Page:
The great portening continues at strong pace. Many games are being tugged into Switch harbour at the moment, which is nice as it shows that devs are starting to see it less as Nintendo’s latest children’s toy and more the superb system it is. This time it’s Spooky Doorway’s The Darkside Detective – previously released on PC, Mac and, Linux in summer 2017 – a point and click adventure game that takes cues from the LucasArts SCUMM games.
You take on the role of the Detective Francis McQueen, the Spooky Mulder of Twin Lakes Police Department, ably assisted by Officer Dooley – who’s trying to bring down the system from the inside. Together they are the supernatural sleuths of the Darkside Department at TLPD.
The game is broken down into 6 pun-tastic chapters, or cases (I’m told by the dev that the Switch will be getting the bonus 7th chapter as a free update shortly so there’s a little more to look forward to) that will probably take around an hour each, on average. McQueen and Dooley bumble through such occult shenanigans as finding a child lost in another plane of existence, investigating a haunting at the library, a zombie invasion, and more.
Throughout the game you’ll find references to a number of other point & click games including Monkey Island 2, Full Throttle, Maniac Mansion, Simon the Sorcerer, and Discworld, so if you’re old like me, or just had a good education in these types of games, it’s quite the nostalgia fest. That’s not to say that the game doesn’t do its own humour very well. There’s plenty of bits that raised a smile as I went through, for instance, there’s a lot of interesting titles to borrow at the library, the darkside inhabitants have an interesting perspective on existence, and there’s a purple tentacle in a very convenient place, like, super convenient. I think that tentacle and I could be good friends. Really, good friends. How come I never find a tentacle that wriggly and moist in my bathroom? *slaps self* (“keep it together woman!”). Ahem.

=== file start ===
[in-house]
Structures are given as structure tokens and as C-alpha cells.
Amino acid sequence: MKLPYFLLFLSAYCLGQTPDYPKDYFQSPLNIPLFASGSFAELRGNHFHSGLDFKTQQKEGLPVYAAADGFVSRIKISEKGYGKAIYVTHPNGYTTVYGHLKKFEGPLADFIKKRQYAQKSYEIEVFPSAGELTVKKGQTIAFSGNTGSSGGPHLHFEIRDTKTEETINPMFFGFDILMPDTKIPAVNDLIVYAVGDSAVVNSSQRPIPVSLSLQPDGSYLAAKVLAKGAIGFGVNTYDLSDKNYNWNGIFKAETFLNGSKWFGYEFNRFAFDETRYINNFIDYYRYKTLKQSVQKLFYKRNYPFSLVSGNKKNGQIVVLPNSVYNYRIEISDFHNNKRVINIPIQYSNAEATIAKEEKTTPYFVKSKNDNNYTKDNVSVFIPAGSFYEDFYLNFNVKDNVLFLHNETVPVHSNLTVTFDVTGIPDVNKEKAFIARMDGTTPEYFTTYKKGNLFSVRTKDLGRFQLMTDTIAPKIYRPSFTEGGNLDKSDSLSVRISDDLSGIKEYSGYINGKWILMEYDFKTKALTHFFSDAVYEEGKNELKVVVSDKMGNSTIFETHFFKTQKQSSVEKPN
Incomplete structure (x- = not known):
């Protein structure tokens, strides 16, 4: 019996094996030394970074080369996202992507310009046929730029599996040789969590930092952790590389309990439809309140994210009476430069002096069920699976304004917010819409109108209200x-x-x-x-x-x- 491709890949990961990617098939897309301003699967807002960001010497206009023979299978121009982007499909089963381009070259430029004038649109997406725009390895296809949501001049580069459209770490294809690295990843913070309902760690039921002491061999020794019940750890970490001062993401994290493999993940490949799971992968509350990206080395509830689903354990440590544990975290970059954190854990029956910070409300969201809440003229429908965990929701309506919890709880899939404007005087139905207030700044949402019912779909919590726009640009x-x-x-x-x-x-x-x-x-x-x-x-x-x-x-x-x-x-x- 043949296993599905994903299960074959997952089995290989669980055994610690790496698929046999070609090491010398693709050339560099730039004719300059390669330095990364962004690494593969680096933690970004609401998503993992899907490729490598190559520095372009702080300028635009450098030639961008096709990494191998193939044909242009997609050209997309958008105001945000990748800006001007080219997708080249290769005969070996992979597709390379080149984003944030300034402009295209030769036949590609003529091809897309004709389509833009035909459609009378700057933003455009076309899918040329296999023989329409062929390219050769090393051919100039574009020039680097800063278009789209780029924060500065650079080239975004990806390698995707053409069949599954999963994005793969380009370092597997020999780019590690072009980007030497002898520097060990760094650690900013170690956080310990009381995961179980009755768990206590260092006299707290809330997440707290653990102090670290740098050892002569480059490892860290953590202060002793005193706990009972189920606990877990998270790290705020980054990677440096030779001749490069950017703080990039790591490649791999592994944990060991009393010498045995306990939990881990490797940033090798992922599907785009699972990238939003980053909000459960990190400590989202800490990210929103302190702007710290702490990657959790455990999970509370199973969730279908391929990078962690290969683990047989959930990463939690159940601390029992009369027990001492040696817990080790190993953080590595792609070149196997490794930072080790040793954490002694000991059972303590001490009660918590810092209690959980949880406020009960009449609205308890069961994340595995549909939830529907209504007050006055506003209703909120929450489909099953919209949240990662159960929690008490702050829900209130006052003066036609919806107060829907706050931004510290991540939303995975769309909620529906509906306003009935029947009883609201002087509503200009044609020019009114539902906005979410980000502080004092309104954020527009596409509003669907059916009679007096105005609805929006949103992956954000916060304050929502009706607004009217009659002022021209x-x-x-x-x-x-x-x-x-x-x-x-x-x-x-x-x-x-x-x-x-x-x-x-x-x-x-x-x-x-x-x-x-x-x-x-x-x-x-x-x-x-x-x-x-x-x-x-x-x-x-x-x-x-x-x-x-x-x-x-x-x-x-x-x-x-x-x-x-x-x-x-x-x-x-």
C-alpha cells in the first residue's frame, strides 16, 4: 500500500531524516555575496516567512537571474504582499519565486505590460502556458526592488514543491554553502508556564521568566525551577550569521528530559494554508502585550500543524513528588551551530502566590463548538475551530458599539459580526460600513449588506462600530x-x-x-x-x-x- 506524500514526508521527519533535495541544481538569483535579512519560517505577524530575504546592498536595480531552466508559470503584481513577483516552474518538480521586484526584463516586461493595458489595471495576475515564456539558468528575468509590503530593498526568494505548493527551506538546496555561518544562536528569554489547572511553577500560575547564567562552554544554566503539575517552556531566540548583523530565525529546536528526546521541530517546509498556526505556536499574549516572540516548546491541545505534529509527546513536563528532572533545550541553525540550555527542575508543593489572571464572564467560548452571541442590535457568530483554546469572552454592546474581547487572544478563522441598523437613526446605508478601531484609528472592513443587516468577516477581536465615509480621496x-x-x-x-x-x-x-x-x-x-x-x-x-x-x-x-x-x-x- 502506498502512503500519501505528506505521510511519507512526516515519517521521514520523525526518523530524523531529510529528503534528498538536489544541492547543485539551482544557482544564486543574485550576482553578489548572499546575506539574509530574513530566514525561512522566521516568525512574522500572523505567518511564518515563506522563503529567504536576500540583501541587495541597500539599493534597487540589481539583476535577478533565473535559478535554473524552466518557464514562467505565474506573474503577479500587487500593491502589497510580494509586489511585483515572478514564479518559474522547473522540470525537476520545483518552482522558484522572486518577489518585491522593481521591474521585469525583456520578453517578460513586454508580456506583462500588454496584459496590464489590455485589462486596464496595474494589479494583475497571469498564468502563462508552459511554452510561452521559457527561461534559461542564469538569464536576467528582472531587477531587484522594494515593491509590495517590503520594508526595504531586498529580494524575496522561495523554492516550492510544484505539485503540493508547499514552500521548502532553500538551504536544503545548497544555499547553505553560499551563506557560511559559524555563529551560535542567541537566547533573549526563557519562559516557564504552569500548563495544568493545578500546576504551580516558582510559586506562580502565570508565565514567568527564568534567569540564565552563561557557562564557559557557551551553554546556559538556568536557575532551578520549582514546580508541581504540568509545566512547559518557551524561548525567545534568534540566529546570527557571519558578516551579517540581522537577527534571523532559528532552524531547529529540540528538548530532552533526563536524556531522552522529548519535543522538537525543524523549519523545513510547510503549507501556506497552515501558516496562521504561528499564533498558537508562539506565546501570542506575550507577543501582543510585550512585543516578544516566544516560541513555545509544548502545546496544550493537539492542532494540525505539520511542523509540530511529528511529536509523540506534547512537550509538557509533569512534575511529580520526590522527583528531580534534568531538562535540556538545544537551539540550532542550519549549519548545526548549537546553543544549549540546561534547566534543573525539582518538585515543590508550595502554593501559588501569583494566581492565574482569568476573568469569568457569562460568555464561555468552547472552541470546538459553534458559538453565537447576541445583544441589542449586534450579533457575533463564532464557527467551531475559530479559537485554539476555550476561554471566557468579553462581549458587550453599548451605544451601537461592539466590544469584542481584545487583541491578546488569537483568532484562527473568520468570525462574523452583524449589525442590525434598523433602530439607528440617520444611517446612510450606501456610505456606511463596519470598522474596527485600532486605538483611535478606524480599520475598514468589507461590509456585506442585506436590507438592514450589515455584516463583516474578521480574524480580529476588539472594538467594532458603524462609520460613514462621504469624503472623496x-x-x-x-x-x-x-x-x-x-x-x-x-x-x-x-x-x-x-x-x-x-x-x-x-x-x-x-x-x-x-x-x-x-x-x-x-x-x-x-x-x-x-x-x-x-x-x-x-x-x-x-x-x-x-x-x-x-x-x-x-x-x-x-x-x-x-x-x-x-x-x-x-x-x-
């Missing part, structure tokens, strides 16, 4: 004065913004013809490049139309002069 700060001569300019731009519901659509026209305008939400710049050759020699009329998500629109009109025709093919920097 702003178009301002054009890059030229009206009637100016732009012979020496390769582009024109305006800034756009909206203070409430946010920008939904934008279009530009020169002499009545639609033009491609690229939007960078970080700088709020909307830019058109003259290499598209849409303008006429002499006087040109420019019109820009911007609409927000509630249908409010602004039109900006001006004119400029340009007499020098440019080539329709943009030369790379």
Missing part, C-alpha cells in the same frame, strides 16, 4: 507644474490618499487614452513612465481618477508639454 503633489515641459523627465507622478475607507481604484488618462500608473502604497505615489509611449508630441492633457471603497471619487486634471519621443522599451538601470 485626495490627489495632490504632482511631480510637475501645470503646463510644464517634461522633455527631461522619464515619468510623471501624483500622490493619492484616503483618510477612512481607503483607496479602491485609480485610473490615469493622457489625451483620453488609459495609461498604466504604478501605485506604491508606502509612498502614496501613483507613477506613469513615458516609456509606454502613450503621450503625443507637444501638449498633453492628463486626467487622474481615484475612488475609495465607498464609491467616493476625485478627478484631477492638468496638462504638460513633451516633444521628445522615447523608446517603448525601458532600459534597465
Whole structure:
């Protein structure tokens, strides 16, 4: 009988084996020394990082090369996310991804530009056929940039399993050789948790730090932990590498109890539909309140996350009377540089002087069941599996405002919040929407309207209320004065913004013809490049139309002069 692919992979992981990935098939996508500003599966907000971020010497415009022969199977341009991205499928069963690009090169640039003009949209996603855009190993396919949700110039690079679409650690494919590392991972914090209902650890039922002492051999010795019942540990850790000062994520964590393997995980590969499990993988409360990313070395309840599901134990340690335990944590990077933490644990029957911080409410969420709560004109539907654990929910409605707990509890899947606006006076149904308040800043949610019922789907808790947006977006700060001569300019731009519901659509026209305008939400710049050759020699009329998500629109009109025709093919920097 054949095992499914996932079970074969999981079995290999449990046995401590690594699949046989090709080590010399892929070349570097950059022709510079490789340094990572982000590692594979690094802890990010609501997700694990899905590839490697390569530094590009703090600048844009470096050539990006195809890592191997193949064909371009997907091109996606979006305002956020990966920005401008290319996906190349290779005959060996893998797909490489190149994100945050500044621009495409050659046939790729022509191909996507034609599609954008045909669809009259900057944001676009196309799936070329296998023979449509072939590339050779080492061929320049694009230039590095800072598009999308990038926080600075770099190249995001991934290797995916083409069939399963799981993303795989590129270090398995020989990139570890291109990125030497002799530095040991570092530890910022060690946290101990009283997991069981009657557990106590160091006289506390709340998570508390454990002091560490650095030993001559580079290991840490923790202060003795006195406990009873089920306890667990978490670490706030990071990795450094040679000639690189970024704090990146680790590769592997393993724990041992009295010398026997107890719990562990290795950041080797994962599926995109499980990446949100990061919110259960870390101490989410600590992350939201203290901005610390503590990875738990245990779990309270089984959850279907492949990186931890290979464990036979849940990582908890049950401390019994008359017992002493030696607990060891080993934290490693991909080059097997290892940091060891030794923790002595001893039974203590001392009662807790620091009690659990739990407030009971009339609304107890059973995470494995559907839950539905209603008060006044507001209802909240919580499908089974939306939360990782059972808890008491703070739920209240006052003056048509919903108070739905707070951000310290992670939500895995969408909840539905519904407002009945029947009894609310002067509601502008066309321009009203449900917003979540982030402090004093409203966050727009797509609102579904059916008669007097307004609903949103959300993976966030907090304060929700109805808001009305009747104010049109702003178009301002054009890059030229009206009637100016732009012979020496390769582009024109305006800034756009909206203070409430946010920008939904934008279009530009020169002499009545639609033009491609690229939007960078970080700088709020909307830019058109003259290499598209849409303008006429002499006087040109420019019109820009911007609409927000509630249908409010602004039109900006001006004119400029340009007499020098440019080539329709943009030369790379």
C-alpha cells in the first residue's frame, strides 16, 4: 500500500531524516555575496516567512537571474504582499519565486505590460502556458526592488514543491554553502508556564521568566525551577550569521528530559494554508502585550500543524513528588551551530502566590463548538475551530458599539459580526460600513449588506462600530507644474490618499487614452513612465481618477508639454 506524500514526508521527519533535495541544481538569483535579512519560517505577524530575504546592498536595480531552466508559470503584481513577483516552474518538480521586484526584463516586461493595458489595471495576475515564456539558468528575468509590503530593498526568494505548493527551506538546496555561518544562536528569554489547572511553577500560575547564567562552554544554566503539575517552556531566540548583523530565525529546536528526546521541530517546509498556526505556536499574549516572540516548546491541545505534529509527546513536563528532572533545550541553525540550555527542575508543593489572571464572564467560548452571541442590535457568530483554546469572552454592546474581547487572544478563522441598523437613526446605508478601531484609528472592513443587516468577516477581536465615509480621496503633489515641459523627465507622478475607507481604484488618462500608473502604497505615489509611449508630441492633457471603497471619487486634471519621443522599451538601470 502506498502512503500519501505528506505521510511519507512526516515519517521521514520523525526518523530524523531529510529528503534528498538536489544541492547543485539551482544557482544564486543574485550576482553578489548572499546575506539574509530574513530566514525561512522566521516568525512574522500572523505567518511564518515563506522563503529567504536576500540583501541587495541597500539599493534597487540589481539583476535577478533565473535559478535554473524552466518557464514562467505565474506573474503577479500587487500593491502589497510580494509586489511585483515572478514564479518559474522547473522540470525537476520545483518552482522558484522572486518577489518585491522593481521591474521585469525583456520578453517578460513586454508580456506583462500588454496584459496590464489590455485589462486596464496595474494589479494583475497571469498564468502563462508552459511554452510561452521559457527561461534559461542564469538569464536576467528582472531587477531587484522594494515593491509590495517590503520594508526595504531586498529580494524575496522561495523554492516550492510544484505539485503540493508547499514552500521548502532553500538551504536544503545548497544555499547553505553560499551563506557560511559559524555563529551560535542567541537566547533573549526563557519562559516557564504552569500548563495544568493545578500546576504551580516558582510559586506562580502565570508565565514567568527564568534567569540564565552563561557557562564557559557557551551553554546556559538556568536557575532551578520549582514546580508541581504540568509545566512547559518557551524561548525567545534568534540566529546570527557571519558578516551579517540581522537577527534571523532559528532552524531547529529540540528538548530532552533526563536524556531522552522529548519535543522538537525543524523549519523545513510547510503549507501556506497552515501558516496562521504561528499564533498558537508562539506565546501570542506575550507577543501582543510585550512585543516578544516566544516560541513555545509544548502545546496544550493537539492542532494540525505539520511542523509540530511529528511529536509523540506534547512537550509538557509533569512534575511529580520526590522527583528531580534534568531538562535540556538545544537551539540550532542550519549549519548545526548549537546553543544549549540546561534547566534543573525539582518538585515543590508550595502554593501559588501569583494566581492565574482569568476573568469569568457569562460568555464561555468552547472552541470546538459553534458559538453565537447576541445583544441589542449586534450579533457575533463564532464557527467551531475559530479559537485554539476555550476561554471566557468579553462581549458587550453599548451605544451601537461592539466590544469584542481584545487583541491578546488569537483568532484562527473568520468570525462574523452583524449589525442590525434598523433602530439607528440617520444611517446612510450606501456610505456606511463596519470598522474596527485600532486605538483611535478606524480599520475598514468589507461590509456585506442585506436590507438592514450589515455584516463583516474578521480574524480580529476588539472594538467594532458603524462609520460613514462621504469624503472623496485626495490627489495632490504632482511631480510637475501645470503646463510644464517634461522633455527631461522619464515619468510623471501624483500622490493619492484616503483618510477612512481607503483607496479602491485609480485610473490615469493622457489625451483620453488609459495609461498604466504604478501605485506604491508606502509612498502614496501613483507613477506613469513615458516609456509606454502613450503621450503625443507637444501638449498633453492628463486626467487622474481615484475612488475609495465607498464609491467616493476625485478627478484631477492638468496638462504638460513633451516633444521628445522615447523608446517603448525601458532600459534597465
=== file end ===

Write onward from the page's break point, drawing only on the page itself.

When playing in TV mode, the left stick moves the cursor quickly over larger areas, the right is for more precise movement, and both sticks will move at high speed, though personally, I found even moving both sticks was a little slow for my liking. Other than that there’s just the A or B button to click. When switching to handheld mode, you can use the touch screen, which makes the whole thing a lot quicker. There’s no character movement to worry about as you can click on anything on screen to activate it, with key items and exits highlighted as you move over them.
Graphically it’s big chunky pixels, but still very easy to distinguish objects. The characters and backgrounds look very good and lighting effects add a lot the atmosphere. The music is very good, suitably atmospheric fare, as is to be expected from Ben Prunty of FTL: Faster Than Light fame. Definitely worth checking out the soundtrack, which is available on Bandcamp.
Overall the game is a lot of fun but kind of short for £10. Perhaps it needed maybe one or two more cases to make it worth that. Therefore I’m knocking a few points off of the final score.
Short for the price
Control is a bit slow.